This film was my sister Liza’s suggestion. The trailer was funny so I thought it might be worth watching. Pixar created such a funny and insightful film on our emotions.
For most of the film, led and powered by Joy, most of Riley’s core memories focused on her will and her actions. Riley was silly with family. Riley plays hockey. Riley hangs out with friends. Riley fesses up after breaking something. Although these build up bonds in her family and among friends, they depended on her actions and her motives.
The film showed the evolution of how Joy treated Sadness. Sadness was viewed primarily as a hindrance when Riley cried. Joy would sidetrack Sadness to read manuals and limit her activity. In the process, it led to almost disastrous consequences in Riley’s life as Disgust, Anger and Fear took over: arguments with the family, failed hockey tryouts and running away.
Sadness showed her potential by comforting the imaginary friend and suggesting scaring Riley to wake up. Sadness allows people to share and relate to others in a deeper way. Joy can sometimes create superficial connections. Sadness brings empathy and empathy, trust and trust, community with others. At the climax of the film, Joy lets Sadness have the controls. Sadness brought healing and understanding to Riley and her parents. Riley needed to receive love and be vulnerable even though she risked having her parents angry with her. It can’t be up to us as individuals to fix relationships. We need others.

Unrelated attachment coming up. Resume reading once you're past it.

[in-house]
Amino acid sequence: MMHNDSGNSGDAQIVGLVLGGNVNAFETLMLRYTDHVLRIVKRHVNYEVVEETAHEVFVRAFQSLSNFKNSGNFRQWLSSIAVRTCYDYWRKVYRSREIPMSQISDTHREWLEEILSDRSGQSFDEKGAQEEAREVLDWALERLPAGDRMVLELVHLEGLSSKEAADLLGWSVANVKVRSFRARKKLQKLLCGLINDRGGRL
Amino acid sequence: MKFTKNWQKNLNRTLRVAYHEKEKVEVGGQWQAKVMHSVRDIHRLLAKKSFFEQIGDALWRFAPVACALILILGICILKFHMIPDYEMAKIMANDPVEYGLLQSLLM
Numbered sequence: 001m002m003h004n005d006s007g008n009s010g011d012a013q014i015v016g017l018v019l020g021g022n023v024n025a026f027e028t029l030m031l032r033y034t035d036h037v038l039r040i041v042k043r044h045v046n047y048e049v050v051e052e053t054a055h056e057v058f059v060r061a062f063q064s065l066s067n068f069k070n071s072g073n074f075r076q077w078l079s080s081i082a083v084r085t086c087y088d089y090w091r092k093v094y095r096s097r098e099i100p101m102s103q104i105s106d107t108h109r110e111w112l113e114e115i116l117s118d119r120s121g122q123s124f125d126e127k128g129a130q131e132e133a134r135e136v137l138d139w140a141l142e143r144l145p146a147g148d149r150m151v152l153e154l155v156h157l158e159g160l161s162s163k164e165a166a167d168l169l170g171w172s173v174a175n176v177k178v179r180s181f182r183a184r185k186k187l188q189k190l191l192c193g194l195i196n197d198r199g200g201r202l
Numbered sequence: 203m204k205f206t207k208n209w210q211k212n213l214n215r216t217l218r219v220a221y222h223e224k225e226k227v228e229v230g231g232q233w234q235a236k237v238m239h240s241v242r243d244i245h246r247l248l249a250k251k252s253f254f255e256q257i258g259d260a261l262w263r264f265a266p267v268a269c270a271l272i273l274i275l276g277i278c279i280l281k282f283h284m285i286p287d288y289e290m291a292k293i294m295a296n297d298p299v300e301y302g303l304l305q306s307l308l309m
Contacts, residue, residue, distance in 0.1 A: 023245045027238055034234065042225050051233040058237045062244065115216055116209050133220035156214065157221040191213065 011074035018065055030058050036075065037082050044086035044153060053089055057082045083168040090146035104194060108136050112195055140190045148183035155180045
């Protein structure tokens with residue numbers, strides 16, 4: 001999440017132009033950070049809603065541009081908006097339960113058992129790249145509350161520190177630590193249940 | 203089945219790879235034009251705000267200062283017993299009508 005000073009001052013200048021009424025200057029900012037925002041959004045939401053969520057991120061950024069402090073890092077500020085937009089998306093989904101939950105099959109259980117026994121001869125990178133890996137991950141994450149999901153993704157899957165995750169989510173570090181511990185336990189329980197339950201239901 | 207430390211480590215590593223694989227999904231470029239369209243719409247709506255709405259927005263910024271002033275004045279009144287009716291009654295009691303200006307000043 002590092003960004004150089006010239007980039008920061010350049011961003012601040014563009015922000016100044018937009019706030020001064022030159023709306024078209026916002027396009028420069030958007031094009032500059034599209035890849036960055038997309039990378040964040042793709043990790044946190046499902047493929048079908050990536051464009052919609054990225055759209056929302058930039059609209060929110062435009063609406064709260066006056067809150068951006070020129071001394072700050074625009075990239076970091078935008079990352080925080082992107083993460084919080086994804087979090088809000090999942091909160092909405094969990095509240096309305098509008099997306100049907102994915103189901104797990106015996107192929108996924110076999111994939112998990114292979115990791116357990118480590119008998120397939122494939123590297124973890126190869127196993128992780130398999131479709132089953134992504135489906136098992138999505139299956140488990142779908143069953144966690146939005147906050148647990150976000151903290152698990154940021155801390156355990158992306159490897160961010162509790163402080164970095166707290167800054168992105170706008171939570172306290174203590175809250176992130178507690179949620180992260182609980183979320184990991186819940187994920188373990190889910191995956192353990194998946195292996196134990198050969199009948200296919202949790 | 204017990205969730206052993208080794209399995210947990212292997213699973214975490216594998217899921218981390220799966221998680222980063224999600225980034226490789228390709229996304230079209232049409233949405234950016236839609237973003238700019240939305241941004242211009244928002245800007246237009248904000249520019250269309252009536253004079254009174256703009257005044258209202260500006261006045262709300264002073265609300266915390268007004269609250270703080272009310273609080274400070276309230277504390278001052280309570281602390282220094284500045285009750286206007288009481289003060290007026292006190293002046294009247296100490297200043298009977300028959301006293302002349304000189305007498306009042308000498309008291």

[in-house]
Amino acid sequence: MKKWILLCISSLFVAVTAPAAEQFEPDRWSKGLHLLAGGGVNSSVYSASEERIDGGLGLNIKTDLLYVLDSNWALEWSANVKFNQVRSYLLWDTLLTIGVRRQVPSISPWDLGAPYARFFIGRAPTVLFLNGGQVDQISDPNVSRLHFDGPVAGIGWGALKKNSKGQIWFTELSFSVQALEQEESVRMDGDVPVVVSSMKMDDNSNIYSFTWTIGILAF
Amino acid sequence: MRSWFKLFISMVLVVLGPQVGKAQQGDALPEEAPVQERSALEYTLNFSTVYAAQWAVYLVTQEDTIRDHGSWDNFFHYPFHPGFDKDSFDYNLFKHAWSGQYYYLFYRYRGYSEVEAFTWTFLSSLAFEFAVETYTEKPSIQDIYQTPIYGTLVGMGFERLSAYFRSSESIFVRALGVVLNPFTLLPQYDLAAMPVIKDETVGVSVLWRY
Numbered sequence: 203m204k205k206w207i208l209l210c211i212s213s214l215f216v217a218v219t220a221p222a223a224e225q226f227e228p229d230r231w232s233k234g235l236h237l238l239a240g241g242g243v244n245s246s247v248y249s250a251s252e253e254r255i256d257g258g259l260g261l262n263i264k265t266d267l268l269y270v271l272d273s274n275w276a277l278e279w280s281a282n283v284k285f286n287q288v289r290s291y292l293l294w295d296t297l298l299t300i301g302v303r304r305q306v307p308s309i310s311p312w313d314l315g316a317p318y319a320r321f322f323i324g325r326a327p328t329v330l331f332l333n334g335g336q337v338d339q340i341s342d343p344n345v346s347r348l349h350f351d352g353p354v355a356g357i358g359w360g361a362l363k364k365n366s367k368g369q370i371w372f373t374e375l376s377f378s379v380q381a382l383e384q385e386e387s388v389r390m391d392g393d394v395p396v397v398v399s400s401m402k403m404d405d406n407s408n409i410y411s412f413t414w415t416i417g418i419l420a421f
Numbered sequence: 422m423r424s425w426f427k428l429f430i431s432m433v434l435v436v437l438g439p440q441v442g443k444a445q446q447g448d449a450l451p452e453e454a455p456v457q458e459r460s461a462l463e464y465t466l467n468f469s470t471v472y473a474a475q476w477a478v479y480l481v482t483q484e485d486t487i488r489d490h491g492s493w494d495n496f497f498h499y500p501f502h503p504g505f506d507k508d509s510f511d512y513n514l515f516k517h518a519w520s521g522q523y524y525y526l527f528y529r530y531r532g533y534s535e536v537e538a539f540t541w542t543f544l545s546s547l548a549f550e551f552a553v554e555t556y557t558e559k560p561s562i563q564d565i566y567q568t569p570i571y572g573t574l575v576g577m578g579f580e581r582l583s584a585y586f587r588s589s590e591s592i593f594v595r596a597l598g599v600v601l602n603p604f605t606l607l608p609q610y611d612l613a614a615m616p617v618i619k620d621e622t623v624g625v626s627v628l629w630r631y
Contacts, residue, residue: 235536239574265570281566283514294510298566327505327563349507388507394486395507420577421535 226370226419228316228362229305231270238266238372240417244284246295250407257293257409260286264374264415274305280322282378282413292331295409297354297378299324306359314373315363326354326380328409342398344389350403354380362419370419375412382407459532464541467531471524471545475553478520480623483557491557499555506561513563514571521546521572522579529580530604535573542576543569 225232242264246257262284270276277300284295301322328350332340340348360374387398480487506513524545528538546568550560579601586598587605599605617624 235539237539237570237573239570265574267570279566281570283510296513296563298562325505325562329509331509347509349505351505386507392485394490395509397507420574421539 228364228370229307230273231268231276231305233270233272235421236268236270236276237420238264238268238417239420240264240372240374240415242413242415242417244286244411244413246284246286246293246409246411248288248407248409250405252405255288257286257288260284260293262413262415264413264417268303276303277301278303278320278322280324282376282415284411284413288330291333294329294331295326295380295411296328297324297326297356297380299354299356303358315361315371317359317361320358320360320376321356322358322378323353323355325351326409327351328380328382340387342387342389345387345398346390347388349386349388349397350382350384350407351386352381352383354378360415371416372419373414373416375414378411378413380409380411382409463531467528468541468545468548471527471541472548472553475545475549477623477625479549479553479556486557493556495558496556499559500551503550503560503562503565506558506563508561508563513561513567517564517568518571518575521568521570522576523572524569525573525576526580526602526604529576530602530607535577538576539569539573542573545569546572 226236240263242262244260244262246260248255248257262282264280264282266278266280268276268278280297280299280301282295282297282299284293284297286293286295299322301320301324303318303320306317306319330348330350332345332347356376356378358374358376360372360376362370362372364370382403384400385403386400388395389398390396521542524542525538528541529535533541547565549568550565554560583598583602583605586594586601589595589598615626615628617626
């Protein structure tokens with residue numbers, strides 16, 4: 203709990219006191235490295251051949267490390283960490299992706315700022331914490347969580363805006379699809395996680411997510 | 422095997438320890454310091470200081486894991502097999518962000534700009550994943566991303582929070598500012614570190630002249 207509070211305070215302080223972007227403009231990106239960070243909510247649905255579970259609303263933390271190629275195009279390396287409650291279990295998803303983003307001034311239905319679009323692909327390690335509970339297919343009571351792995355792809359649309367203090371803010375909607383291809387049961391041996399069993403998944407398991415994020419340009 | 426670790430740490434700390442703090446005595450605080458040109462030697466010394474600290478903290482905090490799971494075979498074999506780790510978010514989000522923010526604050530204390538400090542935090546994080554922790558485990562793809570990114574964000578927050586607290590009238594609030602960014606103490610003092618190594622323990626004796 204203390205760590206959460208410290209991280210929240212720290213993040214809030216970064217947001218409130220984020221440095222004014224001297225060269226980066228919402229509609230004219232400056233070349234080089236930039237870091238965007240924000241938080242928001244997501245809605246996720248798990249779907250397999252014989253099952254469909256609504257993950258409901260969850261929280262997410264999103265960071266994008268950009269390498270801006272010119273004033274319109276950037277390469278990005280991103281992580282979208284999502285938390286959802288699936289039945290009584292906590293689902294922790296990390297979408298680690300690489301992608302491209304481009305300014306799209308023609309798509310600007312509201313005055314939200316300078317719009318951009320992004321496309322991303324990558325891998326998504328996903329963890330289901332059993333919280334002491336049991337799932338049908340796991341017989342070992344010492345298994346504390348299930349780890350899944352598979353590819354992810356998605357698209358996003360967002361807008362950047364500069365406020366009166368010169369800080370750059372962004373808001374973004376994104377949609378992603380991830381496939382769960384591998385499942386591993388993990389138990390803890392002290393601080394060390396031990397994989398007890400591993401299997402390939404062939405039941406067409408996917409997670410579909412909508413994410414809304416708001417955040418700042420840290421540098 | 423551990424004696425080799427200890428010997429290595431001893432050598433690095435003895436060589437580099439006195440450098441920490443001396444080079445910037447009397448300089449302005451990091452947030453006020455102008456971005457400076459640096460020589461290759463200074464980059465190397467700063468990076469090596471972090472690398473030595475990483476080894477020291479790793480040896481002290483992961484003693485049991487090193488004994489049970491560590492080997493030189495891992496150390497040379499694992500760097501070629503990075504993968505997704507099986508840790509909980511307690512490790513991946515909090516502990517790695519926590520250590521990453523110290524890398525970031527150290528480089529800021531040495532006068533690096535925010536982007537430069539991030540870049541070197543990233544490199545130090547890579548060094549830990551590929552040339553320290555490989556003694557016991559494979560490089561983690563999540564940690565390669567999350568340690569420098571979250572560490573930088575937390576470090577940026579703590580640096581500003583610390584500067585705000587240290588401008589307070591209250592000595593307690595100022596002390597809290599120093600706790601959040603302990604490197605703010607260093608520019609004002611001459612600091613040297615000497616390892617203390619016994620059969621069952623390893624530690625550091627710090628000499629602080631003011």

The big lesson here is to have a balanced set of emotions. The passions have to work together. Riley’s core memories were no longer 100% joy but a mix of two of the emotions. For example, the reconciliation with Riley and parents was mostly sadness with a tinge of joy. Riley needs to be assertive and happy on the hockey rink. This balance reminds me of the ancient Greek philosopher, Aristotle. Aristotle stressed that virtue and happiness lie between the polar opposites of extremes. Allow yourself to feel but have everything in balance.